University of Manchester spent £38,000 on private bailiffs to ‘violently’ evict rent strikers

‘This is the amount the university deemed appropriate to scare, frighten and silence their own students’


The University of Manchester paid private bailiffs more than £38,000 to remove 20 student occupiers from the Simon building occupation, The Manchester Tab can reveal.

The university paid the High Court Enforcement Team £38,449.01 to carry out the eviction on the morning of the 22nd March.

That means the university spent just shy of £2,000 per student to remove them from the Simon building.

The National Union of Students condemned the “violent” eviction, adding it was “disgusted” by the actions of the university. The university however fought back its decision was a  “last resort”.

The university said at the time “it very much regretted having to do this” and it came after “multiple requests to those occupying the building to leave”.

The university had been granted a possession order on Monday 20th March after taking on its own students in Manchester High Court .

Since January, Manchester Rent Strike has been campaigning for a 30 per cent reduction in rent as well as a 30 per cent refund on rent paid in October. The group also wants the university to commit to freezing rent prices for three years.

On average, halls of residence have gone up by almost 40 per cent above inflation since 2004 – the year that most current first years were born. However, numerous students have come forward to describe their accommodation filled with mould, mice,  rats and silverfish.

Manchester Rent Strike says 350 students withheld their rent payment due at the end of January. However, frustrated by a lack of acknowledgement or engagement from the university, a smaller group of students began occupying buildings in protest against the university.

While students inside the John Owens building left the senior management building after a week long occupation on the 16th February, students inside the Simon building held out for 42 days before the university resorted to hiring bailiffs to carry them out by their arms and legs.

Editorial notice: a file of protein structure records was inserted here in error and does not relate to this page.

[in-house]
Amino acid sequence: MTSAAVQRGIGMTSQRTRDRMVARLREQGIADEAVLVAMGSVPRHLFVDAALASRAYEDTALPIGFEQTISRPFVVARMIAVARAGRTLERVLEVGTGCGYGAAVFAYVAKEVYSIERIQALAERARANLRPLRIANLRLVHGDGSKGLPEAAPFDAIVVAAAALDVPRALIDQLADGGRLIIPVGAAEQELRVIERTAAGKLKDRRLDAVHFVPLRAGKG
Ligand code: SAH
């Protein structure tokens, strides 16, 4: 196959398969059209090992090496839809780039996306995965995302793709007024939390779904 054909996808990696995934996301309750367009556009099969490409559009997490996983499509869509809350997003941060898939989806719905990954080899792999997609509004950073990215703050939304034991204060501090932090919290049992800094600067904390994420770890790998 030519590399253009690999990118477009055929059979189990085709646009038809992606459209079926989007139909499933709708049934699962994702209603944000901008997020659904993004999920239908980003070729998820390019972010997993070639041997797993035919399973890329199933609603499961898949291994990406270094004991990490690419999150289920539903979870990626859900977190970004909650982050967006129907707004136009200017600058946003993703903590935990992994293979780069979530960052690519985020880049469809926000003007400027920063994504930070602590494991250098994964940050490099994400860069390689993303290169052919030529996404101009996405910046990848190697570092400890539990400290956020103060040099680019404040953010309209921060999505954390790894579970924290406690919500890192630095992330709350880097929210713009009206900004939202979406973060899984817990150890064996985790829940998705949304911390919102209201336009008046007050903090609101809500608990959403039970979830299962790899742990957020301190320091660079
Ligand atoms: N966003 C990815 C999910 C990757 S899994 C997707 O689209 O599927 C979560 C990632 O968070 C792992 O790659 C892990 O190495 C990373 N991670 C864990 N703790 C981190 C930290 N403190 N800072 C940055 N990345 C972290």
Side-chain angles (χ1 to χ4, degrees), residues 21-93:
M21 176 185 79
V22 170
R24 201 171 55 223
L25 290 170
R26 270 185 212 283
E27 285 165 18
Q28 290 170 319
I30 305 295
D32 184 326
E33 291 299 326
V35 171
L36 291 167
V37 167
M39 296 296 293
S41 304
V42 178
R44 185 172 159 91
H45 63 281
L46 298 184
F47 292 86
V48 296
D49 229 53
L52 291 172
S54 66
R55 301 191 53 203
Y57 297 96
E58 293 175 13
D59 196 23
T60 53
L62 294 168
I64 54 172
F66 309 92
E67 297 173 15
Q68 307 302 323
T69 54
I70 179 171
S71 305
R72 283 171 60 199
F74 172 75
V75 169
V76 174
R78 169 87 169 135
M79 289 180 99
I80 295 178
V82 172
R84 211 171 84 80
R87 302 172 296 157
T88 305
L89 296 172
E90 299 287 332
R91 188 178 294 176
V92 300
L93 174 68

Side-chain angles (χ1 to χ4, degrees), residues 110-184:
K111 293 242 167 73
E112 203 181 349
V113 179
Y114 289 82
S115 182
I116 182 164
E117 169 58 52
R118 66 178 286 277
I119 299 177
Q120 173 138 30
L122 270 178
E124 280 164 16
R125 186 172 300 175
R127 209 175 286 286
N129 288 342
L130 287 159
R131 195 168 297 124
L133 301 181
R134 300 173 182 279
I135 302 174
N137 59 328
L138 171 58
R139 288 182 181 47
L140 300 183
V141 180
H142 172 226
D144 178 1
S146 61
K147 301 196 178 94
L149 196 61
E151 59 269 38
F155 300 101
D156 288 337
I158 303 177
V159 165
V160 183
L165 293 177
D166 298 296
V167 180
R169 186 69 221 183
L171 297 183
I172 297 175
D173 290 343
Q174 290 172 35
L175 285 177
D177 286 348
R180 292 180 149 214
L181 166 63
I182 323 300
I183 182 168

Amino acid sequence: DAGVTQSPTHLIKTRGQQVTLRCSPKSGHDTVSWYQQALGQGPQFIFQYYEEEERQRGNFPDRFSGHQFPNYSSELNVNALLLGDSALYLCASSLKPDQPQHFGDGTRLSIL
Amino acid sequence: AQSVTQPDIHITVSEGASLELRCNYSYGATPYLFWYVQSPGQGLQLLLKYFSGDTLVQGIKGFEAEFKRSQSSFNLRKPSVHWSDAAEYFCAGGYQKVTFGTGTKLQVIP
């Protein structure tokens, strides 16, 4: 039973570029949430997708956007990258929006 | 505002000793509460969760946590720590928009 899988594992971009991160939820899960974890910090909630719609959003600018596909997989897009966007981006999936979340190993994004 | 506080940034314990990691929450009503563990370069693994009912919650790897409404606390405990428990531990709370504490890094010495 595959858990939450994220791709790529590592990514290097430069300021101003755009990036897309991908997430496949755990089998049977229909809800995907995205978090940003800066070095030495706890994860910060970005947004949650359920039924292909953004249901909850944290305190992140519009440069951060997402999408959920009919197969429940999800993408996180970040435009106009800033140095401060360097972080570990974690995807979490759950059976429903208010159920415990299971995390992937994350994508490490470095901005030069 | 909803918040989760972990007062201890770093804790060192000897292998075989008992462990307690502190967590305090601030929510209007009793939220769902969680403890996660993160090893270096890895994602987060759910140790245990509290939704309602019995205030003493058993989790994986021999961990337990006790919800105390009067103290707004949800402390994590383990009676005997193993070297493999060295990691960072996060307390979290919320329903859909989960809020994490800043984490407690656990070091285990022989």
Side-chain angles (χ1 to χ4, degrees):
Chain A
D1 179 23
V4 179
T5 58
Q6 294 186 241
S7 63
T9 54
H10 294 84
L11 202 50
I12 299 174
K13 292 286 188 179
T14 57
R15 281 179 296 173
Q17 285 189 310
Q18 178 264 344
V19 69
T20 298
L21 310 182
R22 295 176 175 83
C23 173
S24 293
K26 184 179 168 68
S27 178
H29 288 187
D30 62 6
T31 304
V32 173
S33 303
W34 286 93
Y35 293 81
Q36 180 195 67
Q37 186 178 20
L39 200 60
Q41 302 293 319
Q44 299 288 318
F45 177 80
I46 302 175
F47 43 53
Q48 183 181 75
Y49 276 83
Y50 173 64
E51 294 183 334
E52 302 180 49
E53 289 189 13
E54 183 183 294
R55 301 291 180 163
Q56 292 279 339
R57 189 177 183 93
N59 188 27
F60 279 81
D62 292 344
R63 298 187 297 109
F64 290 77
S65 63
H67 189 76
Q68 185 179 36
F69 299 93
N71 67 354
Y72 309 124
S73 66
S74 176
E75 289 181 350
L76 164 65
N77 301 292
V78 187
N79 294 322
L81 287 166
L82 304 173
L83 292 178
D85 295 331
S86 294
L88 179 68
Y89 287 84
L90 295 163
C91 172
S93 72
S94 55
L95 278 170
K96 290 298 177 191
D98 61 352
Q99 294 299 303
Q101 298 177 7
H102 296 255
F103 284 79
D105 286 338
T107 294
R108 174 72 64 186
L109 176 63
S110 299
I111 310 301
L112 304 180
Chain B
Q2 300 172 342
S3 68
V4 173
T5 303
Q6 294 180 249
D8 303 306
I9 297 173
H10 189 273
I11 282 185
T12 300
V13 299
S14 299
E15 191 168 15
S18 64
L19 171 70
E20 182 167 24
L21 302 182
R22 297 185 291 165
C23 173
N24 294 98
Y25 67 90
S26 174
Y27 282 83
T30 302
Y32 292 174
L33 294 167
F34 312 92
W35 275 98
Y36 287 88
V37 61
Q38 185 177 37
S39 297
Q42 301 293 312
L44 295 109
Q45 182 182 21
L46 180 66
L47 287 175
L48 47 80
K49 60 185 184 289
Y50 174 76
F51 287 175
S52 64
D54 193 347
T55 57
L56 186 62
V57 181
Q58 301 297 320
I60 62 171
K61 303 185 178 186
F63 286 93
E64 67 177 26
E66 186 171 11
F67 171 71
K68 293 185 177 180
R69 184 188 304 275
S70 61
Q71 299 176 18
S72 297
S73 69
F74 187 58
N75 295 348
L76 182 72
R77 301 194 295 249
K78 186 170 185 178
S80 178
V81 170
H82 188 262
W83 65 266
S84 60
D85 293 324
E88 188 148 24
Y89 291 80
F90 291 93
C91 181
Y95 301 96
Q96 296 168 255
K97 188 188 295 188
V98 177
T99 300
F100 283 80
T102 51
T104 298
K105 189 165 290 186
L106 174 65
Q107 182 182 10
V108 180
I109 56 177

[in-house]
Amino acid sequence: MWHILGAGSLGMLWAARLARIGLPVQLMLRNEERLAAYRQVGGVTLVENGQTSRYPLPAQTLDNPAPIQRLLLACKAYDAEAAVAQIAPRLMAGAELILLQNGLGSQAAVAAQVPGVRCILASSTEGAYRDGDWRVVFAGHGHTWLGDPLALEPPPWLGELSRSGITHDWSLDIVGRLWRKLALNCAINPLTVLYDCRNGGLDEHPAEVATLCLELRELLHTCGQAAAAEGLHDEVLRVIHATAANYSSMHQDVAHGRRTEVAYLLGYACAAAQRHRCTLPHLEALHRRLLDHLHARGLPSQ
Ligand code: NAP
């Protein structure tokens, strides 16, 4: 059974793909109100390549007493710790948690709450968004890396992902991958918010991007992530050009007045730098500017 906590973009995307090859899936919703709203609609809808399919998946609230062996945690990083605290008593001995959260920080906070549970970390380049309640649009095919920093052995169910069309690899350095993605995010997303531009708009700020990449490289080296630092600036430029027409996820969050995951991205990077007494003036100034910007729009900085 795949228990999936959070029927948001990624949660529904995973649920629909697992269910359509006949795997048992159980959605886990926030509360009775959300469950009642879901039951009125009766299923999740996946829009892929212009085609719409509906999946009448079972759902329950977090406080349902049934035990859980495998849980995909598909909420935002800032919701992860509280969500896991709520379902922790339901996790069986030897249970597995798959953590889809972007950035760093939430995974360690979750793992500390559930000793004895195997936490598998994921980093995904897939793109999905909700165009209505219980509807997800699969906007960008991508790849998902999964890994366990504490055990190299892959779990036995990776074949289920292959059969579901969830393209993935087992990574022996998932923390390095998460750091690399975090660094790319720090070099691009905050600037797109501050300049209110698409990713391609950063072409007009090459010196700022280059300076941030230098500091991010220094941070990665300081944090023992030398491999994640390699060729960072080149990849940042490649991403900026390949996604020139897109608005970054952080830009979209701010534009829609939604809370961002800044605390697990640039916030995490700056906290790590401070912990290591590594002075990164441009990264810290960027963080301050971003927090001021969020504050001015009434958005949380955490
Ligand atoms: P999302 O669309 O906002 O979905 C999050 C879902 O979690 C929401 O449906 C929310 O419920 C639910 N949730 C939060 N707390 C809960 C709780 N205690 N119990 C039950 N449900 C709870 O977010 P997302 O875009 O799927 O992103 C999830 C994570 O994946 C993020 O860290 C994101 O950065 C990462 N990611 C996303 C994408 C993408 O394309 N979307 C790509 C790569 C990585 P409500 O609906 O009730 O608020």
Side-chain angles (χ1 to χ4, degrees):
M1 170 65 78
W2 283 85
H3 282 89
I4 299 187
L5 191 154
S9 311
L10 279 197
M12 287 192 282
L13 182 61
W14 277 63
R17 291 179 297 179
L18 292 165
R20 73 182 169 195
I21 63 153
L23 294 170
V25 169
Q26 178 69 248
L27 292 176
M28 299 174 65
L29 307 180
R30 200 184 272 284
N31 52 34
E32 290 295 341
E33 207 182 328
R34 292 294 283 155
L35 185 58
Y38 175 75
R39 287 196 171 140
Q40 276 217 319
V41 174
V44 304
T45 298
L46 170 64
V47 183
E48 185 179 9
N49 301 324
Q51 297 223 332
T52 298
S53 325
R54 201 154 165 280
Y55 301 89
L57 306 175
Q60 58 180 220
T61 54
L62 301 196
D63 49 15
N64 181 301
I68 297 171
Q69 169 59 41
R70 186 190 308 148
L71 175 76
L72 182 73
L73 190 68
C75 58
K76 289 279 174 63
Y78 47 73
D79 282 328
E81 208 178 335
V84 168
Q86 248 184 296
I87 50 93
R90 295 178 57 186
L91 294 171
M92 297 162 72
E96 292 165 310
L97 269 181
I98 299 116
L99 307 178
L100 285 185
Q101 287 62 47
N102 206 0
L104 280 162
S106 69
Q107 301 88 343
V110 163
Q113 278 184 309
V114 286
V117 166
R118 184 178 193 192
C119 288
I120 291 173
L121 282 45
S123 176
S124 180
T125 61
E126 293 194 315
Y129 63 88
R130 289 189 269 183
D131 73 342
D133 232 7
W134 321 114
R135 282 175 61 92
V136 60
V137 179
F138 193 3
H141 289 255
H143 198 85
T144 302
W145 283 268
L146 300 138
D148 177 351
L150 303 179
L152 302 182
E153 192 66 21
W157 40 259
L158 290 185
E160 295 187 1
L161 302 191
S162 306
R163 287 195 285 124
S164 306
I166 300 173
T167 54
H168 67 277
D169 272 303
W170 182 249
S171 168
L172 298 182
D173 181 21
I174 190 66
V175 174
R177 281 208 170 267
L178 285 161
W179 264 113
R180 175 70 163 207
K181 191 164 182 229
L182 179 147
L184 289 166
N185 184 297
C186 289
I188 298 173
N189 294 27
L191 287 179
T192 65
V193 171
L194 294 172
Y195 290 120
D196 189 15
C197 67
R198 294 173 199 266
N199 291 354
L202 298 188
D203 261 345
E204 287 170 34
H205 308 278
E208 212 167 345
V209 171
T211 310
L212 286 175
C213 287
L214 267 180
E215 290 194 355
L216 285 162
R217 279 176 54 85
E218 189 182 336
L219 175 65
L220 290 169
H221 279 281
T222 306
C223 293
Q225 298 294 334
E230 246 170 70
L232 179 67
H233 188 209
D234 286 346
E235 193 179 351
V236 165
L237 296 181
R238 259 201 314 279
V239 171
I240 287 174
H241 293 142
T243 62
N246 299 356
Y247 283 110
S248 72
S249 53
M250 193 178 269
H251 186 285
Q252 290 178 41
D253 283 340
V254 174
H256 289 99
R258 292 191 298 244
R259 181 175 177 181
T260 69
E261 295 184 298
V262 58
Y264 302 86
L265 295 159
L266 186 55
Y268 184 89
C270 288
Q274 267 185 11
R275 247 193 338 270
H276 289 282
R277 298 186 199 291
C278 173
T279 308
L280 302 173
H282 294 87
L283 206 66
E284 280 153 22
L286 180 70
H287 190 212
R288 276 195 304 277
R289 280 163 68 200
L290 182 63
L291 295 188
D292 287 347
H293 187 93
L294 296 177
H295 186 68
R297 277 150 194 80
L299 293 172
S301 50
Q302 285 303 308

Chloe Field, the NUS vice-president, criticised the university for not meeting the occupiers and addressing their “entirely reasonable concerns” and instead “wasting students’ money on private bailiffs”.

Today, Freedom of Information requests sent by The Manchester Tab reveal the university “wasted” close to £40,000.

This evening, a spokesperson for University of Manchester reiterated the university’s regret.

“We very much regret having to do this and would have much preferred not to spend money on the resulting necessary security costs,” they said.

“However, the situation had been going on for a significant amount of time and caused disruption to students and the people who work in the building.

“During these occupations, alongside the entry to private spaces we have been very concerned to see evidence of health and safety being severely compromised – both for the occupiers and our wider students and colleagues.

“Very sadly, several of our Campus Support and Security colleagues were injured when on two separate occasions a group of students rushed the door to force entry. This behaviour is simply not acceptable.”

Manchester Rent Strike has denied this allegation. The group said it was “shocked and appalled” to learn how much the university had spent hiring private bailiffs.

“This is the amount of money the university deem appropriate to scare, frighten, and silence their own paying students who are seriously impacted by the cost of living crisis,” a spokesperson for the group said.

They added: “£38,000 is a four year course for a UK student. £38,000 is approximately eight year’s rent in Oak House. It’s truly shocking behaviour.”

“The university is more interested in spending tens of thousands on suppressing peaceful protest than it is helping its own students who are struggling during a cost of living crisis. Despite, making a surplus of £13 million on accommodation last year, the university continues to disregard the rent strike and continues to raise rents for next year.”

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Featured image via Manchester Rent Strike